There were fears at one stage that costs of the Tokyo2020 Olympics would balloon to some USD30 billion, which would approach the USD40 billion that was spent on the 2008 Beijing Olympics.
While it is unlikely that cost estimates will drop to the initial budget of USD7.5 billion, the amount presented to the selection commission of the IOC at the bid presentation, the IOC and the organizers of Tokyo2020 are hoping to get the costs below USD 15 billion.
Currently, costs estimates for Tokyo2020 are JPY1.8 trillion or nearly USD16 billion. But there are always hidden costs, or at least costs not spoken about openly, like cost overruns. In this March 2017 article, The Japan Times cites Asahi Shimbun, which reported that “the original bid estimate for constructing new Olympic venues was ¥499 billion and that is now ¥680 billion. Transportation costs have increased from ¥23.3 billion to ¥140 billion, security from ¥20.5 billion to ¥160 billion and ‘software’ expenses from ¥257 billion to ¥520 billion.”
Currently, organizers intend to host the media and broadcasting center for the 2020 Tokyo Olympics at Tokyo Big Sight, which is a large convention center in the Odaiba waterfront district. To accommodate the Olympics, plans include closing off the convention center to all trade shows from April 2019 to November 2020. In a January, 2017 article, The Japan Times cites The Japan Exhibition Association, which claims that the shut down could translate to more than ¥1 trillion in lost sales and affect 1,000 companies associated with the exhibition industry, including booth decorators and logistics firms, if exhibitions are canceled or downsized.
It’s a “matter of life and death,” said Masato Suzuki, deputy general manager of Tokyo-based manufacturer Sanko Tsusho Co. Ltd.’s inspection equipment department. “We small and midsize firms don’t want the Olympics if it means canceling or scaling down exhibitions. It’s by far our most important business opportunity,” he said, adding that about 70 percent of his company’s sales are generated by clients established at the exhibitions.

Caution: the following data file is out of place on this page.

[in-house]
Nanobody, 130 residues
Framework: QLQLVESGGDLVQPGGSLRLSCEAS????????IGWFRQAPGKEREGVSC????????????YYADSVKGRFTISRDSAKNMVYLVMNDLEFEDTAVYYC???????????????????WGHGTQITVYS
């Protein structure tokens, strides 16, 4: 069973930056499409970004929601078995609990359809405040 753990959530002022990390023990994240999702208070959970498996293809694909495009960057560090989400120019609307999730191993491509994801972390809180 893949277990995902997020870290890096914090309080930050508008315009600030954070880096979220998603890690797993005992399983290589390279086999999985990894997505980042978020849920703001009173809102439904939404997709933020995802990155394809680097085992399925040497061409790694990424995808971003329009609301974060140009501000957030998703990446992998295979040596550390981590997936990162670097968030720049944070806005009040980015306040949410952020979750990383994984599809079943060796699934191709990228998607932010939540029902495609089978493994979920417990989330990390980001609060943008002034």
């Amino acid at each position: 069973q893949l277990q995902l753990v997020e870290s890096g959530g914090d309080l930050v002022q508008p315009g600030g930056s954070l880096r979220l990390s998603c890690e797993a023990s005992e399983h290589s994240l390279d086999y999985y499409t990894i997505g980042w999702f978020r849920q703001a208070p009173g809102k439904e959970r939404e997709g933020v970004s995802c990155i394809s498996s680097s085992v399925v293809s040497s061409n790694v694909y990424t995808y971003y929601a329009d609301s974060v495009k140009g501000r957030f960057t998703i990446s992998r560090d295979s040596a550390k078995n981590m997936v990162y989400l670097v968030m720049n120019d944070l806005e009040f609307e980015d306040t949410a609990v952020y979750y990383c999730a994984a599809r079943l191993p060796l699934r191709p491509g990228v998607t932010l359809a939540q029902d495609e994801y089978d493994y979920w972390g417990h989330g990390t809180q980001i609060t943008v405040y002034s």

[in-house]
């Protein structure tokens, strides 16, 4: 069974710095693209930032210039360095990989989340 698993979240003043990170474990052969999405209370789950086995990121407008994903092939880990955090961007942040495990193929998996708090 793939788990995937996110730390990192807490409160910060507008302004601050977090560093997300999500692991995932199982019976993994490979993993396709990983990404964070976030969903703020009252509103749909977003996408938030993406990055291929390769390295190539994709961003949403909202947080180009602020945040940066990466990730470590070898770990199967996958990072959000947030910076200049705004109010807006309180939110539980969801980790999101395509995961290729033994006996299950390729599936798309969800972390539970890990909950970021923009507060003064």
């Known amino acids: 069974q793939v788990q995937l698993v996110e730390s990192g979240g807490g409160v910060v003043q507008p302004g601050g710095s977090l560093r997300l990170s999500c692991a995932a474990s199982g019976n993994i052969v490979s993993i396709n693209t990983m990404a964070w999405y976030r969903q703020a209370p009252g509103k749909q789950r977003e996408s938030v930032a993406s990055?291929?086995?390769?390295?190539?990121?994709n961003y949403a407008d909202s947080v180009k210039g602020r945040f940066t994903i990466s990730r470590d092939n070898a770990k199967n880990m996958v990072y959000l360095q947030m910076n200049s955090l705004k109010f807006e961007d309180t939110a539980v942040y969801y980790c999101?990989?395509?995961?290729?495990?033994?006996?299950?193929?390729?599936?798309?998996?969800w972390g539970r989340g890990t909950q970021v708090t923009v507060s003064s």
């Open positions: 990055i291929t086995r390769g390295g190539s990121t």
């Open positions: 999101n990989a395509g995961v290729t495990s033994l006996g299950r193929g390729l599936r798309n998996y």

In a May, 2017 article in Japan Today, it was reported that the city government may be losing a fight to get the national and regional governments to pick up part of the costs of refurbishing sports venues or building temporary sports venues in locales outside Tokyo. As an example of possible costs unanticipated by the organizers in Tokyo, the governor of Kanagawa is looking to add to the bill. Enoshima, the intended venue for sailing events, is a part of Kanagawa prefecture. Governor Yuji Kuroiwa believes his prefecture will have to compensate fishermen who will be prevented from fishing during the Olympic Games, and thus will lose revenue.
Very often, organizers cite the increase in tourism revenues for a city and country hosting the Olympics. But that argument is countered by economist, Andrew Zimbalist, in his book, Circus Maximus – The Economic Gamble Behind Hosting the Olympics and the World Cup. He explained in his book that at big tent events like the Olympics or the World Cup, tourism actually falls.
Still another problem is that when a foreign soccer fan spends $100 at a Brazilian restaurant during the World Cup competition, it might not be a net gain for the Brazilian economy. This is because between June 12 and July 13, 2014, there may have been tens or hundreds of thousands of people (tourists or businesspeople) who would otherwise have traveled to Brazil but instead chose to avoid the congestion, tight security, and high prices during the World Cup and either went elsewhere or stayed home.
This plays out in real life: tourism in Beijing fell during the 2008 Summer Games, as it did in London during the 2012 Olympics. That is, even counting the athletes, the media, the administrators, and the Olympic tourists, the total number of visitors to these cities fell during the month of the Olympic Games. Further, some local residents may have the same impulse that foreigners have: they believe their city or country will be excessively crowded and expensive during the mega-event and that the period of the competition would be a good time to take a vacation outside the country. The amount of outbound tourism from China grew by 12 percent in 2008, the year China hosted the Summer Olympics.
Will the pride that comes with hosting a successful Olympics, and the legacy infrastructure of the 2020 Tokyo Olympics outweigh the hidden costs of running the biggest show on earth? That’s the debate that’s taking place as we head towards September 13 and the IOC meeting in Lima, Peru, when IOC members gather to decide on the fates of Paris and Los Angeles.
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